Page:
Simple singing, big voices
The Grammy-winning, and newly nominated, Soweto Gospel Choir comes to the Kimmel tomorrow in musical ministry.
Voices raised to the rafters, and the heavens, the Grammy Award-winning Soweto Gospel Choir spreads its ministry through song.
Since its founding in 2002 in Soweto, South Africa, the choir has performed for Nelson Mandela and Bill Clinton. Soweto Gospel, which sings in six of South Africa's 11 official languages, also has accompanied stars such as Diana Ross, Bono and Queen.
Tomorrow, the choir takes the stage here at the Kimmel Center, offering listeners the gospel, and seeking donations at show's end for children assisted through its AIDS charity.
The 52-member group has toured major countries since its first show six years ago in Australia.
"We rehearsed for two months. People loved us. From that point, we saw ourselves traveling all over the world," alto Sipokazi Luzipo said in a telephone interview.
Luzipo, a native of Johannesburg, joined the choir its first year after auditioning for Popstars, South Africa's version of American Idol. "I auditioned, hoping that a producer would see me, and the executive producer for the gospel choir heard me, and told me about auditions for the choir," said Luzipo, the choir's youngest member at 25.
The group has toured the United States four times, its repertoire including storytelling and renditions of great American classics.
" 'I'll Remember You' by Bob Dylan is a crowd favorite - we give it our own interpretation," Luzipo said. Another international favorite is "Amazing Grace."
Soweto Gospel has won the Grammy Award for best traditional world music album twice, for 2007's African Spirit and 2006's Blessed. Just last week the choir received a Grammy nomination for its CD Live at the Nelson Mandela Theatre, for best contemporary world music album. In 2003, the choir won a Helpmann Award, Australia's biggest musical award, for best contemporary music concert. And in 2004, it won a Gospel Music Award in the United States for best international choir.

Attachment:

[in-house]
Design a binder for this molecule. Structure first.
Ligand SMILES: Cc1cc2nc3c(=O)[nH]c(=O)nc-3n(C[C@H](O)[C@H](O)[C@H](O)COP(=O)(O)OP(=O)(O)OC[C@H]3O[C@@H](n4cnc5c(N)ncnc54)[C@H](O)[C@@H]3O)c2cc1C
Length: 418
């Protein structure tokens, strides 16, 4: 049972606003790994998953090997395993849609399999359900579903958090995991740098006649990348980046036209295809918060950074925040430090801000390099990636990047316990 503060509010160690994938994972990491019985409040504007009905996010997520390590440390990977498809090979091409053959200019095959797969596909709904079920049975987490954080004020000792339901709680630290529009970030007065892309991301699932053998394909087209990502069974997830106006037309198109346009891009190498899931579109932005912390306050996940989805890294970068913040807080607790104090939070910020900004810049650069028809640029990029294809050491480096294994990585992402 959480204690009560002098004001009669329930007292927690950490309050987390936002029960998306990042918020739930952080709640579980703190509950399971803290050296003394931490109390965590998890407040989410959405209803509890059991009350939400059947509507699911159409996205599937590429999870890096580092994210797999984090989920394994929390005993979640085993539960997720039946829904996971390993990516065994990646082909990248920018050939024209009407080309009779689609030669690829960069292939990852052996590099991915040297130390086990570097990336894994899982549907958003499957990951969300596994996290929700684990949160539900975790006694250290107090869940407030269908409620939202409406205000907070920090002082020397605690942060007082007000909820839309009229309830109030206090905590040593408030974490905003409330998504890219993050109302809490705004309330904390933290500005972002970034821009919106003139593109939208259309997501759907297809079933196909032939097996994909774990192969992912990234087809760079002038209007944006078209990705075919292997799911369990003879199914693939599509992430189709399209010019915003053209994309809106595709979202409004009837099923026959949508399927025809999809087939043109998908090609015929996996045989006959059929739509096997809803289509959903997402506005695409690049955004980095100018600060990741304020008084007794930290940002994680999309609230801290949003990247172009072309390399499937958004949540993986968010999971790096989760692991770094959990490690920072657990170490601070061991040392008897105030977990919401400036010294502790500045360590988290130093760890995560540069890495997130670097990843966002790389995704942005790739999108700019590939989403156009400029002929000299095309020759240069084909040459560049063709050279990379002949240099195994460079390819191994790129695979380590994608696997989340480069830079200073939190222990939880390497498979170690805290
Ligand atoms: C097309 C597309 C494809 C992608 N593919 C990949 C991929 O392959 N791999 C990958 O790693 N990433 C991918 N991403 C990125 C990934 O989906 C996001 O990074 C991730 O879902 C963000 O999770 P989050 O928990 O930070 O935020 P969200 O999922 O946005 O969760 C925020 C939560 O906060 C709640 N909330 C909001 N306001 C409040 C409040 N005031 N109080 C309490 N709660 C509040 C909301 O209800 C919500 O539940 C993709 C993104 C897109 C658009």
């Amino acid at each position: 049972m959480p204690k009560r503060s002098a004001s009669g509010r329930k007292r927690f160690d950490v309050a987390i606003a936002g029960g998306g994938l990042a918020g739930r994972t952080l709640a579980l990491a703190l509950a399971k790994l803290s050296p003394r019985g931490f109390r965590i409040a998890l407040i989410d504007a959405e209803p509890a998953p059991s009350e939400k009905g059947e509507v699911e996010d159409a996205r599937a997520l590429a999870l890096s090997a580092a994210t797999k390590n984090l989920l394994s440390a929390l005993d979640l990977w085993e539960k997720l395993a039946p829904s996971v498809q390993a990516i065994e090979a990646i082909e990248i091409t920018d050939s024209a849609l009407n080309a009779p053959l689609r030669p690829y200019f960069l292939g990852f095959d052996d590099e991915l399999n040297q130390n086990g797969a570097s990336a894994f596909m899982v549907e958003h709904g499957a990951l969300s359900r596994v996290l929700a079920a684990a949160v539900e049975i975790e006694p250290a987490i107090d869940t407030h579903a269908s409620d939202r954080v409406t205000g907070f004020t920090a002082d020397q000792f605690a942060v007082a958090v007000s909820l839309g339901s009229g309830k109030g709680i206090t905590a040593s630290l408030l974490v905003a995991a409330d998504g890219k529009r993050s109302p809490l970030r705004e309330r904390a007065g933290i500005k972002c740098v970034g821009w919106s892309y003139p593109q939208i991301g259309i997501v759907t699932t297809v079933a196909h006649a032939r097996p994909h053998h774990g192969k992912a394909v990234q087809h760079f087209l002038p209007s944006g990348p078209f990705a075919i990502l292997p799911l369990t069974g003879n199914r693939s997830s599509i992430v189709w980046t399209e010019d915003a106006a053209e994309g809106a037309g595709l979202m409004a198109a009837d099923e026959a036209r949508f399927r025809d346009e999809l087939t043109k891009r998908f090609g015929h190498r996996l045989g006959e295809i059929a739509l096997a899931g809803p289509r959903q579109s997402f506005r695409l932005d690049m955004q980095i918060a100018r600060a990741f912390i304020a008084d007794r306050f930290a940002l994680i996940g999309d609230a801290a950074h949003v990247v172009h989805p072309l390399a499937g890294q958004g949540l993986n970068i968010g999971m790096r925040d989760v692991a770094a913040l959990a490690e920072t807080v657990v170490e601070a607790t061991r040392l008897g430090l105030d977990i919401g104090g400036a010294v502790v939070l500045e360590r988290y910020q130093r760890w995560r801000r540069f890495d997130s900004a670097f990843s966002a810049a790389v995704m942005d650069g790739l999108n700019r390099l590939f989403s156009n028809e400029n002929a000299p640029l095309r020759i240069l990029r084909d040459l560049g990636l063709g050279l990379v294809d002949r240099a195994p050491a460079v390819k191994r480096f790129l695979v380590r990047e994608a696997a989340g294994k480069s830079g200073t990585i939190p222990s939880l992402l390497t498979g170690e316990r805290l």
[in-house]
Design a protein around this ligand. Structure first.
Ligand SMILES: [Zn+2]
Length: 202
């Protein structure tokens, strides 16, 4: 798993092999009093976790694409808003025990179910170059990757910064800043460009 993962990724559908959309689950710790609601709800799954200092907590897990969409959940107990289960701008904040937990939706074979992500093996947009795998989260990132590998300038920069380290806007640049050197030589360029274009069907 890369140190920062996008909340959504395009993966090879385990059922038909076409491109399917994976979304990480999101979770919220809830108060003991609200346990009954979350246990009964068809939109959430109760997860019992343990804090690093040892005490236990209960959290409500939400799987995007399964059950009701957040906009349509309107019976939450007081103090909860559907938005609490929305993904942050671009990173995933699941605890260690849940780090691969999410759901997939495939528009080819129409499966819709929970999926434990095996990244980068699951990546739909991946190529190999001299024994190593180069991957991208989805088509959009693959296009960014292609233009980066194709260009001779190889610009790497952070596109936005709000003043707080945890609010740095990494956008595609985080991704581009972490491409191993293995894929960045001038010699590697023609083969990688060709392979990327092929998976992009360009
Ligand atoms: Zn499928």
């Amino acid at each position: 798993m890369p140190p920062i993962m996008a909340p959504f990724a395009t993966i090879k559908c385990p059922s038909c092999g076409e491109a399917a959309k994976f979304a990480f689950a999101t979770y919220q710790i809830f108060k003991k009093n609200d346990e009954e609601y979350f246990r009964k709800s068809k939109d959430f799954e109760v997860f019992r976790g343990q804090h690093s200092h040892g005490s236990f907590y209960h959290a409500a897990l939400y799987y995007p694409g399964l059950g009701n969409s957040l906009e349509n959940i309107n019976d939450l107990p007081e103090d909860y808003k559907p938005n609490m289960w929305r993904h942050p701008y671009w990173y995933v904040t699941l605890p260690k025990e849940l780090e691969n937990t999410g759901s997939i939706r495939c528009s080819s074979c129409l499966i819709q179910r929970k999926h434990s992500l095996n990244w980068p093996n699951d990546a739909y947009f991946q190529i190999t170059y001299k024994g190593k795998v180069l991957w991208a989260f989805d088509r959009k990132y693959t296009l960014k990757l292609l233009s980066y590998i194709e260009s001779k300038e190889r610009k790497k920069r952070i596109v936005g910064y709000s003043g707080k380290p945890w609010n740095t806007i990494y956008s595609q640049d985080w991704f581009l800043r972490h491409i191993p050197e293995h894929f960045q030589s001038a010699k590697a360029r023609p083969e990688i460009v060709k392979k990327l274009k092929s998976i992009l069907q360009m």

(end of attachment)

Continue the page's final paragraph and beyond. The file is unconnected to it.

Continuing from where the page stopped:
Mandela and Archbishop Desmond Tutu are among the major African supporters of the choir's work. Mandela "was so impressed by us. He has become a father figure to the choir," Luzipo said. "Working with such great leaders is humbling."
The choir keeps performances simple, with 80 percent of their work sung a cappella in four-part harmony. "In Africa, we are known for the big voices, and the crowd just goes wild for the baritones," Luzipo said.
In 2003, the choir founded Nkosi's Haven Vukani, a Soweto-based foundation assisting AIDS orphans. Through donations and collections after every show, they have raised $135,800 for the charity in the United States and more than $1 million worldwide.
The choir's compassion extends to many causes for the disadvantaged in Africa. "We come in as a group and provide things for homes like refrigerators, blankets and food," Luzipo said. "Little orphans especially - it is very little that they can do for themselves and it is so beautiful to know that our success is to benefit so many people at home."
The choir's biggest mission is to spread the word of God wherever they go, Luzipo says. "God has predestined us for this time."